celibacy, dating site, life, love, men, relationships, thoughts, women

Future sex

In her book “Future Sex“, the journalist Emily Witt explores the limit of what we would call free love. She writes about her experience with online dating, porn, polyamory, internet babes and the childless option. If I do follow her conclusions, this list may predict the future of relationship, where internet have a strong place, except for polyamory (although I have met on dating app some men who were into this type of open relationship).

 The journalist wrote she had a problem feeling attracted by the men she met online. I do understand her, because I’m  bit lost on dating app like Tinder. I don’t really feel attracted right away by a man just by looking at his picture. Emily Witt said she wasn’t  into her online date when she met them face to face. Maybe it’s because women don’t have a smell cue when they meet someone online. That smell cue can be useful when you meet someone face to face in a bar or a cafe or a concert,… The journalist compared the attraction she had for men she met in parties, bars, … and men she met online.

Emily Witt also wrote about a couple working for Google who are into polyamory. It’s not a surprise, since in the Silicon Valley, there is a new sexual revolution where love takes the form of many lovers at the same time. Elsewhere, it’s just infidelity or open relationships, which are not so sustainable on the long run , because we are jealous by nature.

This book rises a question: can we be ourselves if we multiply lovers, and if we allow the distance internet creates between people? The future looks bleak then.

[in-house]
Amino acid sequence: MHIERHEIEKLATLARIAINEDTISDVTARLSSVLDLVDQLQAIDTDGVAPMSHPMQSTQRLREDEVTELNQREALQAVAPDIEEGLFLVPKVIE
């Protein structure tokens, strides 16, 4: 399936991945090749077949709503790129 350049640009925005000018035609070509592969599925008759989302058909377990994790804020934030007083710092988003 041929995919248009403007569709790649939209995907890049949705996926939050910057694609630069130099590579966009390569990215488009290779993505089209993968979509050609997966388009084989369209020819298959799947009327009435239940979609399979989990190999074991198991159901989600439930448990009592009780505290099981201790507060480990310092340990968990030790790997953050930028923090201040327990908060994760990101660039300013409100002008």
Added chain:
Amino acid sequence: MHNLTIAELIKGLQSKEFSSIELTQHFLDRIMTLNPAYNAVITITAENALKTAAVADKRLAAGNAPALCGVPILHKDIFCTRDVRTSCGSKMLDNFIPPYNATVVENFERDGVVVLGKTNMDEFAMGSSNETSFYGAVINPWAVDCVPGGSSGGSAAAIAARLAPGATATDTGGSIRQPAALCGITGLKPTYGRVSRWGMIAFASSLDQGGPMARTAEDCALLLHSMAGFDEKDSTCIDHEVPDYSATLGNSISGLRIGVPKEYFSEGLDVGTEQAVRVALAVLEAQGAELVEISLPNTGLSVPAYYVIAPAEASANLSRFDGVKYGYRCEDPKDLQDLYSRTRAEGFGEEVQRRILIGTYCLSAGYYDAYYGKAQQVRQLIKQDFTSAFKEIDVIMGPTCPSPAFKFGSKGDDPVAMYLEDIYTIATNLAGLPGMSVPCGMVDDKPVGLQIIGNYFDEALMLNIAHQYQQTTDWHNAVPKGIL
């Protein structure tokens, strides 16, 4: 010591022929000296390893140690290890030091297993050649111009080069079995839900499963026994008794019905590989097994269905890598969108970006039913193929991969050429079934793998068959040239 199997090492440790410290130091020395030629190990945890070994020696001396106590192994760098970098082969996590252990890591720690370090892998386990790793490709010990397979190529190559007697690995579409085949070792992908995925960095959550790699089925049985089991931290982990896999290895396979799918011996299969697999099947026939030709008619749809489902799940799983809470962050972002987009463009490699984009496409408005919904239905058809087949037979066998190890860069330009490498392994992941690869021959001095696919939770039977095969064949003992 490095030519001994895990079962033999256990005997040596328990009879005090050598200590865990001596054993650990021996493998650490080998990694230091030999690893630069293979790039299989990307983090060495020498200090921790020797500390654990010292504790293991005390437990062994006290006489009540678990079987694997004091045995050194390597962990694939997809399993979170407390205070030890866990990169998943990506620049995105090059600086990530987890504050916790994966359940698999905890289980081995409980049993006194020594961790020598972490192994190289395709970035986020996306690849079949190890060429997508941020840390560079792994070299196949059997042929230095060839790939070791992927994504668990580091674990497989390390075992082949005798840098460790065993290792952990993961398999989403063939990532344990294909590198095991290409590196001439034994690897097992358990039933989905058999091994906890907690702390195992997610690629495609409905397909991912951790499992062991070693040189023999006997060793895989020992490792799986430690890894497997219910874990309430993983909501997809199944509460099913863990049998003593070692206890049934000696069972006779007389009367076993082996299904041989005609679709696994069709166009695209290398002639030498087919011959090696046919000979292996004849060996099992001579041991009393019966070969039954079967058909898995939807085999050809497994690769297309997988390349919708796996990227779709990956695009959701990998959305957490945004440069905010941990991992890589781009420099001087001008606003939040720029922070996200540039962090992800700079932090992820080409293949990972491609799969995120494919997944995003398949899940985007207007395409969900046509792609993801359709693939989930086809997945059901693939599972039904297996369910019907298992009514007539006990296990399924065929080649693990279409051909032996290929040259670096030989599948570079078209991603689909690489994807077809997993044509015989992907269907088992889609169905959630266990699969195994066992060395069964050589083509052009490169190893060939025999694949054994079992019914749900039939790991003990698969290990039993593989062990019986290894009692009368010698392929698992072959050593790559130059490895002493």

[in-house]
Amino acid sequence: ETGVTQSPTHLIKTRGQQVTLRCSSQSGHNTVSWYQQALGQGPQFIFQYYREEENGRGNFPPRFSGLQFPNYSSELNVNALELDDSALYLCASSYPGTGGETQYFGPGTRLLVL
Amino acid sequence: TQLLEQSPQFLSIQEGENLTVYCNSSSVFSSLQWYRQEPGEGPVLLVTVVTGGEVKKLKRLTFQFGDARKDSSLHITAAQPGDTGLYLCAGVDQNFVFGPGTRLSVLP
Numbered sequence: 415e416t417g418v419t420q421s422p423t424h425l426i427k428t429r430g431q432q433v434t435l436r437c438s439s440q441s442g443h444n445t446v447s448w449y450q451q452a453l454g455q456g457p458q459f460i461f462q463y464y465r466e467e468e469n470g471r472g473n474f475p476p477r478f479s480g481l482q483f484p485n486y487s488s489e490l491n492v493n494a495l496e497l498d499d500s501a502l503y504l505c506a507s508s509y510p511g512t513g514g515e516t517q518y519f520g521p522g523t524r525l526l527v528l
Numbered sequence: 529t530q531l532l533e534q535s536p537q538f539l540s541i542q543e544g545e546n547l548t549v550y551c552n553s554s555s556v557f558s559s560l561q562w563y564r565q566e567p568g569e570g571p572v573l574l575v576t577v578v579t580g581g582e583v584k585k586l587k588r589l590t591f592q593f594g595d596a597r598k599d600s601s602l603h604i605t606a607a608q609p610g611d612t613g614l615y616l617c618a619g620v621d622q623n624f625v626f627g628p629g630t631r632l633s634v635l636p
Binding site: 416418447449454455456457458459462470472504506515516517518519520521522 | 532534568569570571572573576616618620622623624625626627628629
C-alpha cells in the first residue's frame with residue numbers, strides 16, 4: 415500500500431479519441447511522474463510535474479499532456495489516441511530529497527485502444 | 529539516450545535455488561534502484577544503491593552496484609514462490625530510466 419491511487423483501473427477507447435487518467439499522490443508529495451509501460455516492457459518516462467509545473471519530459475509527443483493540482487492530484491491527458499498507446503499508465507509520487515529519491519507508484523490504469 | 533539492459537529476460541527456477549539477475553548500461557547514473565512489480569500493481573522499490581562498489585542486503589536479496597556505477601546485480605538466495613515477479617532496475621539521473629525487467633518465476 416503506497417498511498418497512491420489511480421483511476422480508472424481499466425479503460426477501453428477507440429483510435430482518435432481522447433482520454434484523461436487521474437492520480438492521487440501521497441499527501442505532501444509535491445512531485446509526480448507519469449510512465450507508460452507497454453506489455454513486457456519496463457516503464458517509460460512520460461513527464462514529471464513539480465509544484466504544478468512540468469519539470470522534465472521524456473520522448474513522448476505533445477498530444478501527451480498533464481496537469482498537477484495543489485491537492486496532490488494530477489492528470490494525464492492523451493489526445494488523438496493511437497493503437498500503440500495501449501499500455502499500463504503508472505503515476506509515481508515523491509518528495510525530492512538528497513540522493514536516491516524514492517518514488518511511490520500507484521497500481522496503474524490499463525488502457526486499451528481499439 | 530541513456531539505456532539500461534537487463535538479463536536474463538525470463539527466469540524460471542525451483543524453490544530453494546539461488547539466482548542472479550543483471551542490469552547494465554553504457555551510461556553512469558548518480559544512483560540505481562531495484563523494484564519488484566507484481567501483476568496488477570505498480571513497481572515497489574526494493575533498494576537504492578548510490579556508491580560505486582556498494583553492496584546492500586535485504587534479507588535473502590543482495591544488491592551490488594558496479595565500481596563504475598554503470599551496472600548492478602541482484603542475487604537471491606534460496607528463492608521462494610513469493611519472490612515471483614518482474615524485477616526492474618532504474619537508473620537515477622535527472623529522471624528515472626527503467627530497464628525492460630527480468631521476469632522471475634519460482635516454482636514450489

On the other hand, internet remains a mean to meet people. But it’s just a way. Internet remains useless when it comes to create a bond with someone.  And it’s easy to think, thanks to dating apps, online dating,… we can always find someone better. It’s the best way to end up alone.

Yet, we can’t force people to stay into our life.

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broken heart, celibacy, life, love, men, relationships, thoughts

Fifty shades of unhealthy grey

I read a lot, but there are books I don’t want to read, just because I’m against those which are popular for a wrong reason. For example, I didn’t read the book about DSK’s mistress, nor the one about our Royal Family written by a journalist, which made a scandal when they were released. I also tend to avoid Goncourt prizes and other prizes because of past disappointments. Yes, I’m a difficult reader.

Among those books I avoided, there was “Fifty shades of grey”. But according to a study led by a Michican State University, I have avoided unhealthy behaviors linked to reading this book.

When I saw the trailer for the movie, I thought it was funny I’ve never encountered such a situation. Because as a financial journalist, I often interview powerful alpha males. Some of my friends wonder if any of those guys have ever tried anything with me. But except one case, most of them just stay professional.